Less tangible, but still noticeable, is the sense that somehow the place is less deserted during the week than it used to be. There are more people visibly working at home and popping out into the streets as they need. The whole place feels a little more lived-in, in the way one senses in more clearly vibrant places often not in the U.K.
Changes have also affected us personally. While I now go out to teach again, just twice a week, my wife changed her employment over the winter, becoming a civil servant. Her new employer is in Nottingham, some 130 miles or two and a half hours away. But it has been agreed that she will work permanently from home, with just the occasional trips to H.Q., thus allowing her to accept a position that would previously either been unviable or have meant an unplanned relocation. Others in her team are in Bristol, Newcastle and South Wales, and our home often echoes to a cocktail of (admittedly disembodied) regional accents…
In my own case, most of my non-classroom activity now takes place at home (as it often did, but not any longer during the evenings and weekends…) and I communicate with my students and colleagues remotely. I wonder whether there is a template here that could help to address the risks of burnout in the teaching profession, that ‘got’ me back in 2016.
I wonder how many times this story will be replayed over the coming years, and it may lead for many to improved job opportunities and greater job satisfaction, yet without the need to relocate. It is potentially very good news for all those small places up and down the country, that have been hollowed out in recent years to become dormitory settlements. My wife is now another person present during the day, while the loss of her commute means a combination of more productive time and more to engage in the community where she actually lives. We also (happily!) spend more time together, not least over morning coffee and lunch most days. And we no longer need to get up at ungodly hours.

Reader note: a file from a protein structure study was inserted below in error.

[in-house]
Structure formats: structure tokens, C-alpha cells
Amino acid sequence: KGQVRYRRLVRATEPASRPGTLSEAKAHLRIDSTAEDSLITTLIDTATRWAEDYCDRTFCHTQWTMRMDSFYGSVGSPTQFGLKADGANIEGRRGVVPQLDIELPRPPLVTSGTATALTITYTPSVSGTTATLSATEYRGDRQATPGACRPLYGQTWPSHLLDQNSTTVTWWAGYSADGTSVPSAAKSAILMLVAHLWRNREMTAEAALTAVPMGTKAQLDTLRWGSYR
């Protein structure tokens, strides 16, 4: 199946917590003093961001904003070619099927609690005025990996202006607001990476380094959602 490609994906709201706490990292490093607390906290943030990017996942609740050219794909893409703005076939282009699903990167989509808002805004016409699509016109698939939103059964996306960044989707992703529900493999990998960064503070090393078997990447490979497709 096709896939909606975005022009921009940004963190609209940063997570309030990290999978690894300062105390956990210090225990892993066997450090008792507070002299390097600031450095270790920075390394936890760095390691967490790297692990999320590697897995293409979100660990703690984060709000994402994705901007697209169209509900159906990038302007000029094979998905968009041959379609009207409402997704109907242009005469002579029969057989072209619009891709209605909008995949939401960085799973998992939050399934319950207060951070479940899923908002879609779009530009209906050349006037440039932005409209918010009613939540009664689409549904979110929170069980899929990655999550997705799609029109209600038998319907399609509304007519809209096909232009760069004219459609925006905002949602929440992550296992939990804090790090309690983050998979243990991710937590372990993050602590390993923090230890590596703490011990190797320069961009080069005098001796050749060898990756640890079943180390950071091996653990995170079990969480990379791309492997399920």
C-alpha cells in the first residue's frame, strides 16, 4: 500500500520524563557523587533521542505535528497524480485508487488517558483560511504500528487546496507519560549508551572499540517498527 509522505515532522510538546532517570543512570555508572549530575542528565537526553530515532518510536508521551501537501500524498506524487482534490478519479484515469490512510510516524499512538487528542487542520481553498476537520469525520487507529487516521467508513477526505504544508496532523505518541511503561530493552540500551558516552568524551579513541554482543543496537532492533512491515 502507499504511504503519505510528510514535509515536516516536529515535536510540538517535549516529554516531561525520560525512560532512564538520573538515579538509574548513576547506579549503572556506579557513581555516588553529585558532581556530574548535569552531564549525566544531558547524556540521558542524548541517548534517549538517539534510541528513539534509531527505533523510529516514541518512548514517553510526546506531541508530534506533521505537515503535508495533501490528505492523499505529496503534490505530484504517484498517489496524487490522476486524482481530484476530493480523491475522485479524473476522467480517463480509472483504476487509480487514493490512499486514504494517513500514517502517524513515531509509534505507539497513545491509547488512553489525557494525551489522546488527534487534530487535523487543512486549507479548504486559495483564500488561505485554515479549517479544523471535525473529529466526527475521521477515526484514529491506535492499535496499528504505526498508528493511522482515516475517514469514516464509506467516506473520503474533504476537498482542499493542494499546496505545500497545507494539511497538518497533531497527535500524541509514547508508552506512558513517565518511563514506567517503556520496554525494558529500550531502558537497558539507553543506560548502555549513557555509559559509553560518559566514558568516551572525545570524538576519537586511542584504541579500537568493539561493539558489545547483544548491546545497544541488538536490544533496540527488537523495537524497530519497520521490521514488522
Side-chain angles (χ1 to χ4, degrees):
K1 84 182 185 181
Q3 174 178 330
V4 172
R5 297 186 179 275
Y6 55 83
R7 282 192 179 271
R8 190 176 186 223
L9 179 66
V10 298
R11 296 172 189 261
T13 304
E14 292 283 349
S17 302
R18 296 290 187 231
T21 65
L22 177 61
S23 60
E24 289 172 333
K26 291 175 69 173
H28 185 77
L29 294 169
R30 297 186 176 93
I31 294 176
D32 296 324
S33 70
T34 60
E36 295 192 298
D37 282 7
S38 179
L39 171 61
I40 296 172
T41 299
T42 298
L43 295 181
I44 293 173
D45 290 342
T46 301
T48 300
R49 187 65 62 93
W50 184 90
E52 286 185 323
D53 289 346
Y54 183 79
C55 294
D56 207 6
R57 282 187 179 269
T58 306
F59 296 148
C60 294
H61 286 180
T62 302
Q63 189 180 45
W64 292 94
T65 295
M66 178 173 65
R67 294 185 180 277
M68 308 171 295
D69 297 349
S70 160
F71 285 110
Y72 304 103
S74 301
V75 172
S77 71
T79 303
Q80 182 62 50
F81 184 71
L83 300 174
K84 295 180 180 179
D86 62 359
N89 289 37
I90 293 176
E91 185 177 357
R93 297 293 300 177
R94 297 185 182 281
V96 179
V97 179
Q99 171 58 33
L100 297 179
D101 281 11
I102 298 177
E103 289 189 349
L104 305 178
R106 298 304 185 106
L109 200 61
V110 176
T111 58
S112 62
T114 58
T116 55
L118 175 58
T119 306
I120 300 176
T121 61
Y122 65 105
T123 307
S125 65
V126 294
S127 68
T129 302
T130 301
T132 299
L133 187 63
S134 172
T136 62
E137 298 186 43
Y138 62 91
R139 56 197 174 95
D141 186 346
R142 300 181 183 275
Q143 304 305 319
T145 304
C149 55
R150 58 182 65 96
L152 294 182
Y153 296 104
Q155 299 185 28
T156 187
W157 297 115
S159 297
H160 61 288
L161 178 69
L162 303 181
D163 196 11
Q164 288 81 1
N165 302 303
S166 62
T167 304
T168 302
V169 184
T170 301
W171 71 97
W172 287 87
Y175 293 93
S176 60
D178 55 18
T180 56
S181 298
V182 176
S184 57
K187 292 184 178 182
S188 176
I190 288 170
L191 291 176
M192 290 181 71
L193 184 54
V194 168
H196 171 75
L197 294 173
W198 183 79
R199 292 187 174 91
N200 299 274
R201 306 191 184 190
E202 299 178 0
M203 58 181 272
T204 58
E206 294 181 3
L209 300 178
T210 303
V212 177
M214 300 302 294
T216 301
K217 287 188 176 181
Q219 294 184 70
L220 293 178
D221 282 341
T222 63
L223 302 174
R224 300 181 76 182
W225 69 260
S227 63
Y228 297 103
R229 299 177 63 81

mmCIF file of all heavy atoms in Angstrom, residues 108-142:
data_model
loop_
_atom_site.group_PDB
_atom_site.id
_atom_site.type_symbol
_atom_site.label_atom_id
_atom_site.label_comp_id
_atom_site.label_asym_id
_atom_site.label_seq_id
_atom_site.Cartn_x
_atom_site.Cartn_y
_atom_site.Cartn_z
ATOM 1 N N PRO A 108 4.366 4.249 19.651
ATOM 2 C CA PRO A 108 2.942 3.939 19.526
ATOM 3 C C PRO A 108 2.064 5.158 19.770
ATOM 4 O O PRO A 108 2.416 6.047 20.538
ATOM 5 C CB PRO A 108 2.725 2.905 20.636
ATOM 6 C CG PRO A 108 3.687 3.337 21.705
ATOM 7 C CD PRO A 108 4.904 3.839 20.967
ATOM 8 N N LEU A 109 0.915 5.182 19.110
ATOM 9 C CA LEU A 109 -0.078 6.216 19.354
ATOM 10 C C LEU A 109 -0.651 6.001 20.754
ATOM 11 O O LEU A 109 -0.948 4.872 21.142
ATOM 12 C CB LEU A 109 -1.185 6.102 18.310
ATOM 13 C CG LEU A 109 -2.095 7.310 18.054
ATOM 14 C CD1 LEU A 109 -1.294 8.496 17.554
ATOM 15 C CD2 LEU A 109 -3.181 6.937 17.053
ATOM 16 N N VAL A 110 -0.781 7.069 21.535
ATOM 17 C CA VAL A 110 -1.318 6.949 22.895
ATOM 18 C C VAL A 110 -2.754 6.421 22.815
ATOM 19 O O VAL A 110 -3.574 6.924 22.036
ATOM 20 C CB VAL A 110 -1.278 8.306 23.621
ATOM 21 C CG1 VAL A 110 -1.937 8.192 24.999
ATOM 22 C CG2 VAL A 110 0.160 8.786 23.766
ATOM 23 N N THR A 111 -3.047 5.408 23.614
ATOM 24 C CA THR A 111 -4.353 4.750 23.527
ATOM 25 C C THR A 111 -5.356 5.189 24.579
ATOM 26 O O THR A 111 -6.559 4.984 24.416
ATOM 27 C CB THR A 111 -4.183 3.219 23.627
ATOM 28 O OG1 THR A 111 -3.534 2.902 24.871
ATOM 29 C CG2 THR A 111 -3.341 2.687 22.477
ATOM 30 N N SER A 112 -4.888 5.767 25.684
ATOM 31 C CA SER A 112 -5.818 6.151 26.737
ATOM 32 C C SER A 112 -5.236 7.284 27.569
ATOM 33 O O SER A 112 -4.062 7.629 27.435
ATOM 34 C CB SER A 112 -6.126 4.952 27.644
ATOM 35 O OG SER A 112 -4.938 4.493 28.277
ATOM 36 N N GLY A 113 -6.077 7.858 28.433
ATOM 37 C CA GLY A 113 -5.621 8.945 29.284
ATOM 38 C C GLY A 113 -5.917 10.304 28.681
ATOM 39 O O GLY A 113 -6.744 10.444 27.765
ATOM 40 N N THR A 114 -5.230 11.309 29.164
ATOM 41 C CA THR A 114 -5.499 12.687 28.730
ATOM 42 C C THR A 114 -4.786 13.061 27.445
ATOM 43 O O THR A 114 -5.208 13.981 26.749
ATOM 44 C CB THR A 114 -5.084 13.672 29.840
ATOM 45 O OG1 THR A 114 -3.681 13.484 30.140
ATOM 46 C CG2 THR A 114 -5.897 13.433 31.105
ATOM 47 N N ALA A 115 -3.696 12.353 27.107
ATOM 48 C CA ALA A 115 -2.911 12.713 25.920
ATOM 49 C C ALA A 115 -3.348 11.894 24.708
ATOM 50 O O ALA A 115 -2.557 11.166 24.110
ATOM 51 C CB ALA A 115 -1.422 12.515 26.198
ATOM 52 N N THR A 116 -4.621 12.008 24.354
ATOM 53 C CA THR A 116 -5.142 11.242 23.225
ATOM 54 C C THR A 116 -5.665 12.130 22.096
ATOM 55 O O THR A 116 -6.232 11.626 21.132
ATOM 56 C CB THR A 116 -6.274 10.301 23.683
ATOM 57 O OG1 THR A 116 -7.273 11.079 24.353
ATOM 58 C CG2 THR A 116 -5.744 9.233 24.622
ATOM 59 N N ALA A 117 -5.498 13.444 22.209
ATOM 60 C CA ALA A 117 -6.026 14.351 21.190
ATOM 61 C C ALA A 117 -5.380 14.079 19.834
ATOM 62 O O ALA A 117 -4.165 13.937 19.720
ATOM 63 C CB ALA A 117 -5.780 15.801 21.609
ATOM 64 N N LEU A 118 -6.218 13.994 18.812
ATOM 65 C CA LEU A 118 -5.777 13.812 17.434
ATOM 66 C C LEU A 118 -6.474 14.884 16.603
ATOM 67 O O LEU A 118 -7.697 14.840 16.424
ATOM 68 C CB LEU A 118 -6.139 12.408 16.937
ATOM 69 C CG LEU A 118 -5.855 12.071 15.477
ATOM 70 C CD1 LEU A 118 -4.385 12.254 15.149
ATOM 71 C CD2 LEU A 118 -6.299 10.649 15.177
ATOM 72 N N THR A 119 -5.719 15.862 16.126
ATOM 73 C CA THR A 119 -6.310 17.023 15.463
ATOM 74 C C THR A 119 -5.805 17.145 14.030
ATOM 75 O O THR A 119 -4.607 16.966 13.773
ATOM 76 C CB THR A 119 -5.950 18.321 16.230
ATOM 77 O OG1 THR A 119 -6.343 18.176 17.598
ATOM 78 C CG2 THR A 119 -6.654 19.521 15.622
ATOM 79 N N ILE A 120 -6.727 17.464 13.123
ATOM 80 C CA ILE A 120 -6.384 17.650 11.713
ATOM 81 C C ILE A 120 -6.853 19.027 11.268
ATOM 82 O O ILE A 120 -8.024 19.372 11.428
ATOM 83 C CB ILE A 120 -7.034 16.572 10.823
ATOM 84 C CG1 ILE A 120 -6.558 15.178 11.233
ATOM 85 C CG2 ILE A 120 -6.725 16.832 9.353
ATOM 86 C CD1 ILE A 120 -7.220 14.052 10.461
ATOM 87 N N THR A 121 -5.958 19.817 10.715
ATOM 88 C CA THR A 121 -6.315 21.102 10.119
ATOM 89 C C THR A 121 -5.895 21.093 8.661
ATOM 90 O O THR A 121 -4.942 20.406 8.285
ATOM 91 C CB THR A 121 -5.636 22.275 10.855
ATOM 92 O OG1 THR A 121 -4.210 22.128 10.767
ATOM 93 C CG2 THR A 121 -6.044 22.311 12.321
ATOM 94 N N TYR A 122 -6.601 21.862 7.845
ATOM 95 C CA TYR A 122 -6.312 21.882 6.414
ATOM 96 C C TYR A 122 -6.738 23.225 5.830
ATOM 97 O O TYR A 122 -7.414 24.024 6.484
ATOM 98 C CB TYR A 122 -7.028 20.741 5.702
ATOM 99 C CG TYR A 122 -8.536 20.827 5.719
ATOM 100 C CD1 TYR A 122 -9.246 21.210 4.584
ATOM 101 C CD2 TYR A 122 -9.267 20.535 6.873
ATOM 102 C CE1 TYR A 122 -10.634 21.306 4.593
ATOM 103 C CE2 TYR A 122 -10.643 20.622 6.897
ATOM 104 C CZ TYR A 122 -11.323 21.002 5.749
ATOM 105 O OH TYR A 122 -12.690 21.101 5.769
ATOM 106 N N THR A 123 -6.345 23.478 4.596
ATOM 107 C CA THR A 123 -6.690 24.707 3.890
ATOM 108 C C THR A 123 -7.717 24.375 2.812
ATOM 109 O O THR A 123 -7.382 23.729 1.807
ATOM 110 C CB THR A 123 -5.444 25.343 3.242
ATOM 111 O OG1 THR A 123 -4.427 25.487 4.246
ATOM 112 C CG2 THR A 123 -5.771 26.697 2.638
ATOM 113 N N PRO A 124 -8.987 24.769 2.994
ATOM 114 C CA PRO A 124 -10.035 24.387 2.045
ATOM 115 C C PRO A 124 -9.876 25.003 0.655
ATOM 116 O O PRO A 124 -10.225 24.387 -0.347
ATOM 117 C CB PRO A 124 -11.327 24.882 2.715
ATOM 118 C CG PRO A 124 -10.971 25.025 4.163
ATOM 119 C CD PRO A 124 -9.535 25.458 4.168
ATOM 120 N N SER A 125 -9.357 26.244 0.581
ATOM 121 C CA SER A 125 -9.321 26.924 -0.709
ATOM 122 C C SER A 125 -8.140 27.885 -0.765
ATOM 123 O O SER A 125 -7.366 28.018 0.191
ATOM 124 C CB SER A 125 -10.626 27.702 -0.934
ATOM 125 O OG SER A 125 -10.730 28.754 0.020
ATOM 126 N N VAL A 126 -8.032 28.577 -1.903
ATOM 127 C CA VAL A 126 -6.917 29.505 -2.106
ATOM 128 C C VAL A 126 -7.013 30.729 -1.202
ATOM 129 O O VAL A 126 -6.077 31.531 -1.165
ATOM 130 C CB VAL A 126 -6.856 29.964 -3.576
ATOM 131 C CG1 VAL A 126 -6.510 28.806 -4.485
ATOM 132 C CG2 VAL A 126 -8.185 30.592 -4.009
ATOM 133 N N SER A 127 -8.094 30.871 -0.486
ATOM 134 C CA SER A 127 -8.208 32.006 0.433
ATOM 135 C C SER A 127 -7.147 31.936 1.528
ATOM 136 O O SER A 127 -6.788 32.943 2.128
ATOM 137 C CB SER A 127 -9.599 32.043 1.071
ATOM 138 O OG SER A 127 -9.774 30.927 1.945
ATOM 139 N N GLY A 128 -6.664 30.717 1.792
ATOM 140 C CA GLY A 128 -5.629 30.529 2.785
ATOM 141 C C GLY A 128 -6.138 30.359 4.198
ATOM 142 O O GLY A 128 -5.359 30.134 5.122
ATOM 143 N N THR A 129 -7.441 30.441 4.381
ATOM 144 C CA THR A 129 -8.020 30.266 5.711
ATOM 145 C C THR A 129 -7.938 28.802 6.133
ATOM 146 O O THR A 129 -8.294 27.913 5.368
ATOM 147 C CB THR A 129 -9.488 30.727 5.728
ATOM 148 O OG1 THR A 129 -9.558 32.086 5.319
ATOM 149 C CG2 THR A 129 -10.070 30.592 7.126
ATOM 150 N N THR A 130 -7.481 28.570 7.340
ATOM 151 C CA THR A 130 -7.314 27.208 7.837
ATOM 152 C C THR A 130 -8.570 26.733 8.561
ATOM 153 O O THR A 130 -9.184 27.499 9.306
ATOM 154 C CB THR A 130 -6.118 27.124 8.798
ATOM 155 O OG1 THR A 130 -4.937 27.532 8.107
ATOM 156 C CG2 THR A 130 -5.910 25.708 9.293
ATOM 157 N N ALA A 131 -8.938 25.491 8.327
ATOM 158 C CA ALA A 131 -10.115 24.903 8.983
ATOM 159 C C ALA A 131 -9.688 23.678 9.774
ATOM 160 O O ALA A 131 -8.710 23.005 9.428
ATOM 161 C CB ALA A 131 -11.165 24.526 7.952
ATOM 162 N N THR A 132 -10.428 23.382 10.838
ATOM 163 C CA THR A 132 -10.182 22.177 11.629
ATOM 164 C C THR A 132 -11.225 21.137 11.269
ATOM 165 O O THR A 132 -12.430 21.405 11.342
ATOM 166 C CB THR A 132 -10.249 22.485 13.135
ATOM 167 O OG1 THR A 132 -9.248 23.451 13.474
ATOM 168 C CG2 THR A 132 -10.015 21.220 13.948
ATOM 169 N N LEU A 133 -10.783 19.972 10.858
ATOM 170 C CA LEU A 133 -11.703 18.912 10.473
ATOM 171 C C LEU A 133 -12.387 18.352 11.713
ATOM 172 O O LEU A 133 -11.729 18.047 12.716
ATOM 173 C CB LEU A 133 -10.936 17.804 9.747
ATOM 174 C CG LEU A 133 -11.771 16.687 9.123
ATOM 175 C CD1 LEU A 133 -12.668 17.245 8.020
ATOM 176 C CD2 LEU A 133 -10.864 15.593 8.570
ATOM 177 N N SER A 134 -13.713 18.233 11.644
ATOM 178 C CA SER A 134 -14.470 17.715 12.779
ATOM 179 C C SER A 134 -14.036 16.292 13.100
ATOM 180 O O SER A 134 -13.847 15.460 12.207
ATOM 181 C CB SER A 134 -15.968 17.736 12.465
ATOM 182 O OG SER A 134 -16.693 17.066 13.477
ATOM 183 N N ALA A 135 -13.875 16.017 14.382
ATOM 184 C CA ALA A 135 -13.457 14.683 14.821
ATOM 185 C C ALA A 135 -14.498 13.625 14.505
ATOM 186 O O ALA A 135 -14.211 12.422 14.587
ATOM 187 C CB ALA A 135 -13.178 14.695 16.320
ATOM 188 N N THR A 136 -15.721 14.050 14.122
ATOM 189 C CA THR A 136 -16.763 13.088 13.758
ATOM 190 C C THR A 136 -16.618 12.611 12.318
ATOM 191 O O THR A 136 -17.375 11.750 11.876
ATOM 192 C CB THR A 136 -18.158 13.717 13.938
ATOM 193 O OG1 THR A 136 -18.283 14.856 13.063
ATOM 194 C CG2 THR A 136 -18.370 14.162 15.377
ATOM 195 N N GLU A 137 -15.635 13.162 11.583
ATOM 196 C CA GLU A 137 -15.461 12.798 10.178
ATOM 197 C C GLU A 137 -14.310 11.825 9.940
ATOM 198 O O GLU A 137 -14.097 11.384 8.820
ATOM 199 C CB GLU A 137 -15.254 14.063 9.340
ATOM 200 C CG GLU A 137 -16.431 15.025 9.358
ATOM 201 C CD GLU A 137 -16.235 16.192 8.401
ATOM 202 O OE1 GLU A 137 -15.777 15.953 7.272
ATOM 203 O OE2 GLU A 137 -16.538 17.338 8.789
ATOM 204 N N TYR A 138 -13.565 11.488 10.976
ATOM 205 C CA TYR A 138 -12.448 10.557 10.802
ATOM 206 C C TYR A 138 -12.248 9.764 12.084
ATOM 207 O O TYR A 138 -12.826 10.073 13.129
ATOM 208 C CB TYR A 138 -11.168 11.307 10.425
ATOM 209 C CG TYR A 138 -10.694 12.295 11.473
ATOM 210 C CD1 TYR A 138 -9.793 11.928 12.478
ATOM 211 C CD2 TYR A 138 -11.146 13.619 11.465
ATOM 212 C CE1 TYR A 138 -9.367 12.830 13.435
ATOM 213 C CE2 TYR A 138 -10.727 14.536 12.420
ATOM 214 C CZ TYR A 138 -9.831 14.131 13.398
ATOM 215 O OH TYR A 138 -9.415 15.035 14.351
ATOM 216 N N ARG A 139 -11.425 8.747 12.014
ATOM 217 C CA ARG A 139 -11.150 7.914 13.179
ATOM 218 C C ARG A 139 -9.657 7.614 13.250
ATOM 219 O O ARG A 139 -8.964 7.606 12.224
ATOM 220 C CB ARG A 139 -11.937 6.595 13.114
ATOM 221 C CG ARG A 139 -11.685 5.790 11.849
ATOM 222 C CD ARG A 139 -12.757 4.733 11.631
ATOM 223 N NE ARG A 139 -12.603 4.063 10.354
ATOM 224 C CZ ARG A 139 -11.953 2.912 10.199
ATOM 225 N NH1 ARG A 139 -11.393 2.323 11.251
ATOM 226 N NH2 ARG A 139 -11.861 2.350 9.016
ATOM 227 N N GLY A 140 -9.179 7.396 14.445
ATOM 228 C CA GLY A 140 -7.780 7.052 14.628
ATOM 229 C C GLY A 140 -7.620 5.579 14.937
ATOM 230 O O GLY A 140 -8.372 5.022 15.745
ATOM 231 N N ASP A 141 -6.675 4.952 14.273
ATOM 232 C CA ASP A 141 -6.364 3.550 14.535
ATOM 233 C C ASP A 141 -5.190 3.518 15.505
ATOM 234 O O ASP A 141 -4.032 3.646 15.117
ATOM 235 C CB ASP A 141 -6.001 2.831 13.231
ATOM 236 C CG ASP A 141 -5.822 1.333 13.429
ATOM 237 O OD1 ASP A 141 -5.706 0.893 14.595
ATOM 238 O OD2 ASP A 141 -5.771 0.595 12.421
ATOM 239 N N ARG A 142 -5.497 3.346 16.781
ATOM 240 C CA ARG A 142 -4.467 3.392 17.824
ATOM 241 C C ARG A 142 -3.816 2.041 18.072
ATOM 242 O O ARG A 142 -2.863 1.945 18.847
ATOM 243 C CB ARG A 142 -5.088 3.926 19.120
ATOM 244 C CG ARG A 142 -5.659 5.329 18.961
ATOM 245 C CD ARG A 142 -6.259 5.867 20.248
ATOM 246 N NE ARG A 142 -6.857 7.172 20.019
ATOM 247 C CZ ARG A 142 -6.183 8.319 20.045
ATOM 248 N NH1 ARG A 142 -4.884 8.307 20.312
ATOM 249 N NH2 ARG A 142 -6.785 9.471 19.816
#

Despite the social pressure during the last decade or two to claim that one lived for one’s work, it seems that these changes have revealed the truth: far fewer really relished office life or the long commutes that if often required. Maybe this is the opportunity we needed for a real, substantial improvement in the quality of British life.
In many ways, our work-life balance has improved hugely as a result; it is true that not everyone (including teachers) can work permanently from home – but the shift that has occurred has affected enough people that is has still has brought wider benefits, and may yet bring more, if it can become embedded. (It occurred to me some days ago that before the industrial revolution, many people worked at home, so in a sense, this is just a return to a much older way of doing things). We could go a lot further: MacKinnon’s book concerns much wider ecological actions; perhaps this is just the beginning. With any luck, this is the point at which we can start to appreciate the quality of life, rather than just the quantity, as he argues we need to, in order to become properly sustainable.
Perhaps we have finally learned that life on the hamster wheel is neither very desirable nor beneficial. In which case, the pandemic will be proved to have a real silver lining.